In fifty years, the U.S. travel ban to Cuba has been next to ineffective in promoting democracy there. In fact, there have been many efforts cropping up, one featured here in Matt’s post, to abolish this. Yet, despite being nearly completely closed to the awaiting masses sitting just beyond the island’s waters, tourism is on the mind of the Cuban government.
This AP article tells of future plans to evolve this “sun and sand” destination into one of the leading eco-destinations. Cuban tourism organizations see a diminishing rift between the two countries and realize the sustainability and added draw eco travel will be in the future.
A great jumping off point would be the Caribbean’s largest bioreserve, the Cienaga de Zapata (Zapata Swamp). With 1.5 million acres of mangrove rich swampland spilling over with wildlife, a Cuban version of the Everglades, boats are already passing small groups hiking along the marshlands to awaiting bungalows.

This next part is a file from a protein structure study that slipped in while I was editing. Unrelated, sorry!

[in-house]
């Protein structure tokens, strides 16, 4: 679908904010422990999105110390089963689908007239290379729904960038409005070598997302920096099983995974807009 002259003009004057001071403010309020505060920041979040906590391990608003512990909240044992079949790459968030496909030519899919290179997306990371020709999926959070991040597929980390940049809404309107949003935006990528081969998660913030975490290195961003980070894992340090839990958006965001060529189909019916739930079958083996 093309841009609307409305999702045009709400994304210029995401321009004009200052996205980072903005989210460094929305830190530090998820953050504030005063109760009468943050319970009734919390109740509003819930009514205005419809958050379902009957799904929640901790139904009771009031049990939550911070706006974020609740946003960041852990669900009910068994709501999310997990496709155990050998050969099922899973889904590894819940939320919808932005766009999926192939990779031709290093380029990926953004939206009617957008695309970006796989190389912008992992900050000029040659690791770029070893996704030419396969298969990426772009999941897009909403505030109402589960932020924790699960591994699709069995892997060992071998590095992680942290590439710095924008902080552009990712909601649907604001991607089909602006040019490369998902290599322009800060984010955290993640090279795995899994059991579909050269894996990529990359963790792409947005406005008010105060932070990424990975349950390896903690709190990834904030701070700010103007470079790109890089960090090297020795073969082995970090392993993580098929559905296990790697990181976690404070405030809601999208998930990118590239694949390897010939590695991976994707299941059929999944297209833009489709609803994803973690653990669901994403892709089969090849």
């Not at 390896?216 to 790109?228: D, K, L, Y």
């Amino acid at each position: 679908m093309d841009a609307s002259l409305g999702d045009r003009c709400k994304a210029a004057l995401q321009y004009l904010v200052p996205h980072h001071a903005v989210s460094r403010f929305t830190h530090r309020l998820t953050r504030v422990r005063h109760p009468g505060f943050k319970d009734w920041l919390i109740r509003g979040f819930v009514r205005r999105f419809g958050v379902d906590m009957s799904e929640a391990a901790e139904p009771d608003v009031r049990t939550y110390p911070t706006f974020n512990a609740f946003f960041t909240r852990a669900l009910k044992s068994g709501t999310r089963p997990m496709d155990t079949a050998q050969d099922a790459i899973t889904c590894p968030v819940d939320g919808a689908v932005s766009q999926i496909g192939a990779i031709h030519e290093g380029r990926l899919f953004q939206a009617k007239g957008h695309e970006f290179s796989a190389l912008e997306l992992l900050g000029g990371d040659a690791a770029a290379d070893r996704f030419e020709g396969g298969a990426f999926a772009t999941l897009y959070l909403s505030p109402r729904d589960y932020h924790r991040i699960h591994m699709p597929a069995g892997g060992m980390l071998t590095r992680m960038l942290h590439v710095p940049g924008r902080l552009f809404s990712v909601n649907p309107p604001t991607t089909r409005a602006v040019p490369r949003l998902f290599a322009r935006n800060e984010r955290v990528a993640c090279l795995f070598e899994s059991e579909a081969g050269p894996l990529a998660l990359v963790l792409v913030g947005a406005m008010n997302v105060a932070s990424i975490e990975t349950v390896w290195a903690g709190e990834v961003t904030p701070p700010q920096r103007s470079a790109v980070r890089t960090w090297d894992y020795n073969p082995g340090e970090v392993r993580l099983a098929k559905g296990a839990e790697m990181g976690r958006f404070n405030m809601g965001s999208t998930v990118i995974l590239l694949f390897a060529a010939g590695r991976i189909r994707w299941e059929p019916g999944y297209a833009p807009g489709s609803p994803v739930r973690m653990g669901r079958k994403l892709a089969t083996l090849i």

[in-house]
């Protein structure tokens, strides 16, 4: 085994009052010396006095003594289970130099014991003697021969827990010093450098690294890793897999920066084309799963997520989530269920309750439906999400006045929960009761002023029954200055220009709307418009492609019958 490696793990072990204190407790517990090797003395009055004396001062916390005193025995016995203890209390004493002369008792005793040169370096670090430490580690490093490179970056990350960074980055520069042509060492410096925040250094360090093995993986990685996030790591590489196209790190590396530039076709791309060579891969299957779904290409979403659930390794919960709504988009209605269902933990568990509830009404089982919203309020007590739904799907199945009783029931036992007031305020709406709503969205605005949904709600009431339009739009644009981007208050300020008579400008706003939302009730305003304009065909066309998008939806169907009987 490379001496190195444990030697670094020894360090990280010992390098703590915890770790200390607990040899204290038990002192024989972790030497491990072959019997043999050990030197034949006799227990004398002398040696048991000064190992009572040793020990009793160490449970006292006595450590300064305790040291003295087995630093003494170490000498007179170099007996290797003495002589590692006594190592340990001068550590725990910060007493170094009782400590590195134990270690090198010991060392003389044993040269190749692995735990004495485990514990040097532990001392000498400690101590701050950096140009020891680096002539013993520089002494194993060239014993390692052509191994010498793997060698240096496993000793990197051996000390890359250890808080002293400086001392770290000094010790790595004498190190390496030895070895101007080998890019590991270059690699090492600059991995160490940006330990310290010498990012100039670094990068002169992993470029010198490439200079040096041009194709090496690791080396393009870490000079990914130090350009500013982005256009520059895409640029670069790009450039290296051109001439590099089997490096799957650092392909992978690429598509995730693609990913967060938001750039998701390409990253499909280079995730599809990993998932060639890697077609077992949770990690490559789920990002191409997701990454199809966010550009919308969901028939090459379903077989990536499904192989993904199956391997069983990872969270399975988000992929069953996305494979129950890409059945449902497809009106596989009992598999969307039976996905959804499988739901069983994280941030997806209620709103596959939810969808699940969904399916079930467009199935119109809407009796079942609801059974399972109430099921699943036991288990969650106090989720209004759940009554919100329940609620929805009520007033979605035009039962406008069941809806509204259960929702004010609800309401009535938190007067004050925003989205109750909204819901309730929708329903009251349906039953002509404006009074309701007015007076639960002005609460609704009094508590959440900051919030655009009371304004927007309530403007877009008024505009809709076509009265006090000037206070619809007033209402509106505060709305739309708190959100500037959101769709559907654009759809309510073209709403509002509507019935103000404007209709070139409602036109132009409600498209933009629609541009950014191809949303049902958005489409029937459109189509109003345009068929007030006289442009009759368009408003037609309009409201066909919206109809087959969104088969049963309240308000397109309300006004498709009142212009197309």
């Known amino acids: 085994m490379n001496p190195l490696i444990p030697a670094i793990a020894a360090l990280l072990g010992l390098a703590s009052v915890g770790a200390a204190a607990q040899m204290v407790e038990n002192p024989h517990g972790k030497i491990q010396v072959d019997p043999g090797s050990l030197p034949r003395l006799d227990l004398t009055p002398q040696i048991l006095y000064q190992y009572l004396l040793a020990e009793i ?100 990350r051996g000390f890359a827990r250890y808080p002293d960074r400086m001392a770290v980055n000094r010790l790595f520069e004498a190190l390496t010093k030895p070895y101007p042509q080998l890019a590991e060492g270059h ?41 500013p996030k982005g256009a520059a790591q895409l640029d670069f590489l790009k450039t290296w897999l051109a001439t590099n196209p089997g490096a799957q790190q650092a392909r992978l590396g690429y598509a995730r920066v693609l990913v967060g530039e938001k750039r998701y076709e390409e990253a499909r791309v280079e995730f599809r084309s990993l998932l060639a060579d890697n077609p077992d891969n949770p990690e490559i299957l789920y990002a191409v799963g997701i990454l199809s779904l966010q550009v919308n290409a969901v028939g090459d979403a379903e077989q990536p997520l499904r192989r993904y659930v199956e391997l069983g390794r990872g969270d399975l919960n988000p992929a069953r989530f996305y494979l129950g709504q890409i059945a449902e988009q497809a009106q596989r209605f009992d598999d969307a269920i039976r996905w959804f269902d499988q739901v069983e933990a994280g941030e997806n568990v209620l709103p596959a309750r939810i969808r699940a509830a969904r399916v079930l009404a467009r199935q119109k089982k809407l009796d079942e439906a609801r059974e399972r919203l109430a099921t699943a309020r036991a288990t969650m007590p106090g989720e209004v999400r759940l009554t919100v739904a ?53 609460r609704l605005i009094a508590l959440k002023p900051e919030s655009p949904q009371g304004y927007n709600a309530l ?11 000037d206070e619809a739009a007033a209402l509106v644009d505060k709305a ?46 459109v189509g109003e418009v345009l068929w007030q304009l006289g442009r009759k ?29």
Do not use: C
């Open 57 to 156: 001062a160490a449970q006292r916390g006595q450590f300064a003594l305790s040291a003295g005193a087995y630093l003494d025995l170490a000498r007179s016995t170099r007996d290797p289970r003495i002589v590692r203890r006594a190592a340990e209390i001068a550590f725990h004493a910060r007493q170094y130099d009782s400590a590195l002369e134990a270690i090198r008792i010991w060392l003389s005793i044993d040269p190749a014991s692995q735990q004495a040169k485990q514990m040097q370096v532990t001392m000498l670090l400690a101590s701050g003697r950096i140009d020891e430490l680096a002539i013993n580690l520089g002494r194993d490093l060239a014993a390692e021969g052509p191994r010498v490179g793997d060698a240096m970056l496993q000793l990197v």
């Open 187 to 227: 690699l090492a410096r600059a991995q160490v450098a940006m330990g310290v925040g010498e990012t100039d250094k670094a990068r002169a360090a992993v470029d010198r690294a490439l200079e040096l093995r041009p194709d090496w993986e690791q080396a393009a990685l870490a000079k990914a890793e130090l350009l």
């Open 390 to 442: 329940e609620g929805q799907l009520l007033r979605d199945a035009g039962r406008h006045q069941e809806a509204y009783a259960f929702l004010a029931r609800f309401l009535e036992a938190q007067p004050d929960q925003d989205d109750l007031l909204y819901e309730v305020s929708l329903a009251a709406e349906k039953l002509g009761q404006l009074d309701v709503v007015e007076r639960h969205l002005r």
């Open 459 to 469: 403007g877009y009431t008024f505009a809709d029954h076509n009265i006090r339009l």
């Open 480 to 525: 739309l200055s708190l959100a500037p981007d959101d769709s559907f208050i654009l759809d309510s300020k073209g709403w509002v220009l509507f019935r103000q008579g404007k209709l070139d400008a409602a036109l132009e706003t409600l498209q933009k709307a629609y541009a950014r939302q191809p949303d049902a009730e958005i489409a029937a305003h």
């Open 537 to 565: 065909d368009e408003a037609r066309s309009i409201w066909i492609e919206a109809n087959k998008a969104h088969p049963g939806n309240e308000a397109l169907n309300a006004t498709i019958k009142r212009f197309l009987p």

I know I could get used to relaxing at my bungalow after a day at the crocodile reserve, or pedaling the Vinales Valley as in one of our features, Cuba’s Port Of Hope.
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